Pregnancy After Breast Cancer: A Systematic Review and Meta-Analysis

Matteo Lambertini, Eva Blondeaux, Marco Bruzzone, Marta Perachino, Richard A. Anderson, Evandro de Azambuja, Philip D. Poorvu, Hee Jeong Kim, Cynthia Villarreal-Garza, Barbara Pistilli, Ines Vaz-Luis, Cristina Saura, Kathryn J. Ruddy, Maria Alice Franzoi, Chiara Sertoli, Marcello Ceppi, Hatem A. Azim, Frederic Amant, Isabelle Demeestere, Lucia Del MastroAnn H. Partridge, Olivia Pagani, Fedro A. Peccatori

Research output: Contribution to journalArticlepeer-review

Abstract

PURPOSE: Many patients and physicians remain concerned about the potential detrimental effects of pregnancy after breast cancer (BC) in terms of reproductive outcomes and maternal safety. This systematic review and meta-analysis aimed at providing updated evidence on these topics. METHODS: A systematic literature review was conducted to identify studies including patients with a pregnancy after BC (PROSPERO number CRD42020158324). Likelihood of pregnancy after BC, their reproductive outcomes, and maternal safety were assessed. Pooled relative risks, odds ratios (ORs), and hazard ratios (HRs) with 95% CIs were calculated using random effects models. RESULTS: Of 6,462 identified records, 39 were included involving 8,093,401 women from the general population and 112,840 patients with BC of whom 7,505 had a pregnancy after diagnosis. BC survivors were significantly less likely to have a subsequent pregnancy compared with the general population (relative risk, 0.40; 95% CI, 0.32 to 0.49). Risks of caesarean section (OR, 1.14; 95% CI, 1.04 to 1.25), low birth weight (OR, 1.50; 95% CI, 1.31 to 1.73), preterm birth (OR, 1.45; 95% CI, 1.11 to 1.88), and small for gestational age (OR, 1.16; 95% CI, 1.01 to 1.33) were significantly higher in BC survivors, particularly in those with previous chemotherapy exposure, compared with the general population. No significantly increased risk of congenital abnormalities or other reproductive complications were observed. Compared to patients with BC without subsequent pregnancy, those with a pregnancy had better disease-free survival (HR, 0.66; 95% CI, 0.49 to 0.89) and overall survival (HR, 0.56; 95% CI, 0.45 to 0.68). Similar results were observed after correcting for potential confounders and irrespective of patient, tumor, and treatment characteristics, pregnancy outcome, and timing of pregnancy. CONCLUSION: These results provide reassuring evidence on the safety of conceiving in BC survivors. Patients' pregnancy desire should be considered a crucial component of their survivorship care plan.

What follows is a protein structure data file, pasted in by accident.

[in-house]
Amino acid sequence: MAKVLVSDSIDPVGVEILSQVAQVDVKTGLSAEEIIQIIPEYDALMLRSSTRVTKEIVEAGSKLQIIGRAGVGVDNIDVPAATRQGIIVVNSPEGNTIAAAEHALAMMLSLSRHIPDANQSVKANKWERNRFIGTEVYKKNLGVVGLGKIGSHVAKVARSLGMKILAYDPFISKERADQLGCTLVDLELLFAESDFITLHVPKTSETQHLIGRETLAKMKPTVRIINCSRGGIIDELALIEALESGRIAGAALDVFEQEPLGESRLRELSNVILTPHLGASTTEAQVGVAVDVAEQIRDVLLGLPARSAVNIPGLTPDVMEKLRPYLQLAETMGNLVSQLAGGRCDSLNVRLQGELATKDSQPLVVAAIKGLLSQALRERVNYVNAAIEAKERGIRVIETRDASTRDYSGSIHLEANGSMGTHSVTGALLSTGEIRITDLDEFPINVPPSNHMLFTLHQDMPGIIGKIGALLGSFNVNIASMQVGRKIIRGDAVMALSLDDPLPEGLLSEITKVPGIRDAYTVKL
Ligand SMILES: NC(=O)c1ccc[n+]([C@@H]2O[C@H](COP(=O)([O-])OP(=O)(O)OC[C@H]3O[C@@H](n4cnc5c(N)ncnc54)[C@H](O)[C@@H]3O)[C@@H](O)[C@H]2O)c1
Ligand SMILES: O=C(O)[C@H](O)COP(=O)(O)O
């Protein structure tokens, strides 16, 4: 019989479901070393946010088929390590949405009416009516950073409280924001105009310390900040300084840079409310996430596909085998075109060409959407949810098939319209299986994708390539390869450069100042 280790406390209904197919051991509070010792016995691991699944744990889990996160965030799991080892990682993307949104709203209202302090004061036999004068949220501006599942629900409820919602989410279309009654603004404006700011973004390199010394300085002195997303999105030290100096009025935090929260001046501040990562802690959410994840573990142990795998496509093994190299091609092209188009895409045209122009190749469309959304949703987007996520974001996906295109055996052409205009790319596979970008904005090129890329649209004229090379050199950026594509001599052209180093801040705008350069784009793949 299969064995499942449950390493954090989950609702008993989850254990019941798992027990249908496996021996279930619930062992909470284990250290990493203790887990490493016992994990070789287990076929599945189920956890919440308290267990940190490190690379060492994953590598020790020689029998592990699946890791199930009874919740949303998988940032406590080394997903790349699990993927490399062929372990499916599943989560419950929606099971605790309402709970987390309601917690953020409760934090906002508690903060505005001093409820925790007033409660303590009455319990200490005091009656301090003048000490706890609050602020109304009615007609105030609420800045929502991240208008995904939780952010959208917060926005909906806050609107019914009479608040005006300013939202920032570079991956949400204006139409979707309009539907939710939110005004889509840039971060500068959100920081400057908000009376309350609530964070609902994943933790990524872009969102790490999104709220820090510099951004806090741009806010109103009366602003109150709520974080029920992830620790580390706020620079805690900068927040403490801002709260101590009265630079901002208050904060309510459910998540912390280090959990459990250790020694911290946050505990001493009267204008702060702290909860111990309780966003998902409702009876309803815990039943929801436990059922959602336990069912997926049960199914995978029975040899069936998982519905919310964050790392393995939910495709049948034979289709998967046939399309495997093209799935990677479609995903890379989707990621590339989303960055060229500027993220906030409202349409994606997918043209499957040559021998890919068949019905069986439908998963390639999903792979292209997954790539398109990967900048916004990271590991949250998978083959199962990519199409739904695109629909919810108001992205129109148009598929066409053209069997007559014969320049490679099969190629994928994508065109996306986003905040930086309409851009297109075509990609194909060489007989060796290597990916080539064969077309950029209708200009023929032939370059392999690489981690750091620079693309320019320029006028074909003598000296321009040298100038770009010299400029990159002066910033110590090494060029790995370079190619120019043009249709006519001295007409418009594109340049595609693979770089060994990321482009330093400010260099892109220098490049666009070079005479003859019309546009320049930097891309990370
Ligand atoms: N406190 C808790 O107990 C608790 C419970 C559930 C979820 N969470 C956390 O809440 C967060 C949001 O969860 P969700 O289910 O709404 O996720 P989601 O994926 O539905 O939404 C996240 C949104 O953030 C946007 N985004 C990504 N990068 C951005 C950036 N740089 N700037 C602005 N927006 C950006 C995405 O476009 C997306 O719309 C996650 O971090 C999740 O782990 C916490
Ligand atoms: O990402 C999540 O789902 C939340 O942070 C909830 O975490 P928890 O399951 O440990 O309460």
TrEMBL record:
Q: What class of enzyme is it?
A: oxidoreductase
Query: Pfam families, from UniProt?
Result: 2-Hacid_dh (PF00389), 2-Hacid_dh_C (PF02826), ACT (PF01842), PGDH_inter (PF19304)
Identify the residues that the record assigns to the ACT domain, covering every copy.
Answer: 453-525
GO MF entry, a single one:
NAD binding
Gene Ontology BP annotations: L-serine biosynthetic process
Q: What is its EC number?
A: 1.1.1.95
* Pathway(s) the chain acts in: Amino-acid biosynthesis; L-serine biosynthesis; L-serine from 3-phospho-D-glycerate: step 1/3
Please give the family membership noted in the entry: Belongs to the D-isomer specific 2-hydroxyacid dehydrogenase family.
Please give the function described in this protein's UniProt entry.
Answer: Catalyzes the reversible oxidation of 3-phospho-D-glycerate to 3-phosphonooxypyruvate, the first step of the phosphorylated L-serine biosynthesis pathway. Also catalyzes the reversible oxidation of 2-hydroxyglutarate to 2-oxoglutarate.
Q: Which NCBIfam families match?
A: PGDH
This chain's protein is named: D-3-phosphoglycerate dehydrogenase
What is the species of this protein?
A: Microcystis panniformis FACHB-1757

Original languageEnglish (US)
Pages (from-to)3293-3305
Number of pages13
JournalJournal of clinical oncology : official journal of the American Society of Clinical Oncology
Volume39
Issue number29
DOIs
StatePublished - Oct 10 2021

ASJC Scopus subject areas

  • Oncology
  • Cancer Research

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